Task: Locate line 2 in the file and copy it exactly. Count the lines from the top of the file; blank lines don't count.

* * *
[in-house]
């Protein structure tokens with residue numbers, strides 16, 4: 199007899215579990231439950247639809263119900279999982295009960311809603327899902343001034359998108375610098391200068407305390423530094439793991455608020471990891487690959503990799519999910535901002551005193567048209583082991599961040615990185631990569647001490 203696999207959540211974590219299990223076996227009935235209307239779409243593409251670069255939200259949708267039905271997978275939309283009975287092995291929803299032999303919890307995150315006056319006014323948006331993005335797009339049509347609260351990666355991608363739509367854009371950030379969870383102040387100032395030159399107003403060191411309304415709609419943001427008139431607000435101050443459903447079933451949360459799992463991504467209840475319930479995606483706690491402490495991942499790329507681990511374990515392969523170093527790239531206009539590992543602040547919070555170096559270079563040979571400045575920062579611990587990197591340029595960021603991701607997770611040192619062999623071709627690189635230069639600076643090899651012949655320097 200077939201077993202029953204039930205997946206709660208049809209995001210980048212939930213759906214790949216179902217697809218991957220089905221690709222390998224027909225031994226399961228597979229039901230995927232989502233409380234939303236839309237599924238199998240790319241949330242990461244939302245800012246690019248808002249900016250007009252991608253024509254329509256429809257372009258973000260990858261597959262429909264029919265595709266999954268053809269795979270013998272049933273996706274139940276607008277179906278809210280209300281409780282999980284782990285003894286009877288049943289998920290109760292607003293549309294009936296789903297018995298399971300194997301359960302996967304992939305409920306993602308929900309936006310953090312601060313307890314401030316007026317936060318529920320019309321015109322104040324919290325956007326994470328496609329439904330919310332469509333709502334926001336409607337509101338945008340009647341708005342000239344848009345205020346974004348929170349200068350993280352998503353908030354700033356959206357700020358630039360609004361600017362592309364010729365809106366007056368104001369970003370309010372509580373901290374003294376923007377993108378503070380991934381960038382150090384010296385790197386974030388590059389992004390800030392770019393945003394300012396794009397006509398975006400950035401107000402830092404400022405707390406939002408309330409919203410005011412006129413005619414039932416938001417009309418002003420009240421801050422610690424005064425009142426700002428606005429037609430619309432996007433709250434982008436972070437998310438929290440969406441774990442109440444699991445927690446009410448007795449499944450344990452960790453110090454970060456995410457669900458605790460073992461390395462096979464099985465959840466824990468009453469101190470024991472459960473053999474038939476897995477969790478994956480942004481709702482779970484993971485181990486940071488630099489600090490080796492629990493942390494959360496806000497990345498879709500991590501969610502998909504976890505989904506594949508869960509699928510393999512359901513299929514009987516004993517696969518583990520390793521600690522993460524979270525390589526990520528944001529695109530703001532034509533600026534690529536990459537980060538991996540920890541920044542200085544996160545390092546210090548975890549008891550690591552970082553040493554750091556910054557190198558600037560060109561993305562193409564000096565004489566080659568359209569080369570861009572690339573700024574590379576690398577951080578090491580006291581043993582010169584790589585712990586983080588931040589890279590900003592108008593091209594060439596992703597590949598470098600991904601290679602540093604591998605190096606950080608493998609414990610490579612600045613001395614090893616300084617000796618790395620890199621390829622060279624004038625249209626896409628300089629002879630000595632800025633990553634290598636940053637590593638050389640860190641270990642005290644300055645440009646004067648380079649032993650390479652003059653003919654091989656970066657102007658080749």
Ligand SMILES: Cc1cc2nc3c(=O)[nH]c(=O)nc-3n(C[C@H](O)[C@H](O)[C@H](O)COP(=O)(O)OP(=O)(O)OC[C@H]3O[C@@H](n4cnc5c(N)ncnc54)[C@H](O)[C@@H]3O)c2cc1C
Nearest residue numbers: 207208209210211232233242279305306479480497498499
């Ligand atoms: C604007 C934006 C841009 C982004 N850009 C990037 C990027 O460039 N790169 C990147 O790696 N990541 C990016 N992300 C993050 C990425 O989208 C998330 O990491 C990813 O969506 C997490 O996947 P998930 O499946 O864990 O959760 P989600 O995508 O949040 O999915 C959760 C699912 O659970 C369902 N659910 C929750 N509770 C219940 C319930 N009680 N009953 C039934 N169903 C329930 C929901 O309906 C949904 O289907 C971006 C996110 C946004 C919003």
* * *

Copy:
């Protein structure tokens with residue numbers, strides 16, 4: 199007899215579990231439950247639809263119900279999982295009960311809603327899902343001034359998108375610098391200068407305390423530094439793991455608020471990891487690959503990799519999910535901002551005193567048209583082991599961040615990185631990569647001490 203696999207959540211974590219299990223076996227009935235209307239779409243593409251670069255939200259949708267039905271997978275939309283009975287092995291929803299032999303919890307995150315006056319006014323948006331993005335797009339049509347609260351990666355991608363739509367854009371950030379969870383102040387100032395030159399107003403060191411309304415709609419943001427008139431607000435101050443459903447079933451949360459799992463991504467209840475319930479995606483706690491402490495991942499790329507681990511374990515392969523170093527790239531206009539590992543602040547919070555170096559270079563040979571400045575920062579611990587990197591340029595960021603991701607997770611040192619062999623071709627690189635230069639600076643090899651012949655320097 200077939201077993202029953204039930205997946206709660208049809209995001210980048212939930213759906214790949216179902217697809218991957220089905221690709222390998224027909225031994226399961228597979229039901230995927232989502233409380234939303236839309237599924238199998240790319241949330242990461244939302245800012246690019248808002249900016250007009252991608253024509254329509256429809257372009258973000260990858261597959262429909264029919265595709266999954268053809269795979270013998272049933273996706274139940276607008277179906278809210280209300281409780282999980284782990285003894286009877288049943289998920290109760292607003293549309294009936296789903297018995298399971300194997301359960302996967304992939305409920306993602308929900309936006310953090312601060313307890314401030316007026317936060318529920320019309321015109322104040324919290325956007326994470328496609329439904330919310332469509333709502334926001336409607337509101338945008340009647341708005342000239344848009345205020346974004348929170349200068350993280352998503353908030354700033356959206357700020358630039360609004361600017362592309364010729365809106366007056368104001369970003370309010372509580373901290374003294376923007377993108378503070380991934381960038382150090384010296385790197386974030388590059389992004390800030392770019393945003394300012396794009397006509398975006400950035401107000402830092404400022405707390406939002408309330409919203410005011412006129413005619414039932416938001417009309418002003420009240421801050422610690424005064425009142426700002428606005429037609430619309432996007433709250434982008436972070437998310438929290440969406441774990442109440444699991445927690446009410448007795449499944450344990452960790453110090454970060456995410457669900458605790460073992461390395462096979464099985465959840466824990468009453469101190470024991472459960473053999474038939476897995477969790478994956480942004481709702482779970484993971485181990486940071488630099489600090490080796492629990493942390494959360496806000497990345498879709500991590501969610502998909504976890505989904506594949508869960509699928510393999512359901513299929514009987516004993517696969518583990520390793521600690522993460524979270525390589526990520528944001529695109530703001532034509533600026534690529536990459537980060538991996540920890541920044542200085544996160545390092546210090548975890549008891550690591552970082553040493554750091556910054557190198558600037560060109561993305562193409564000096565004489566080659568359209569080369570861009572690339573700024574590379576690398577951080578090491580006291581043993582010169584790589585712990586983080588931040589890279590900003592108008593091209594060439596992703597590949598470098600991904601290679602540093604591998605190096606950080608493998609414990610490579612600045613001395614090893616300084617000796618790395620890199621390829622060279624004038625249209626896409628300089629002879630000595632800025633990553634290598636940053637590593638050389640860190641270990642005290644300055645440009646004067648380079649032993650390479652003059653003919654091989656970066657102007658080749």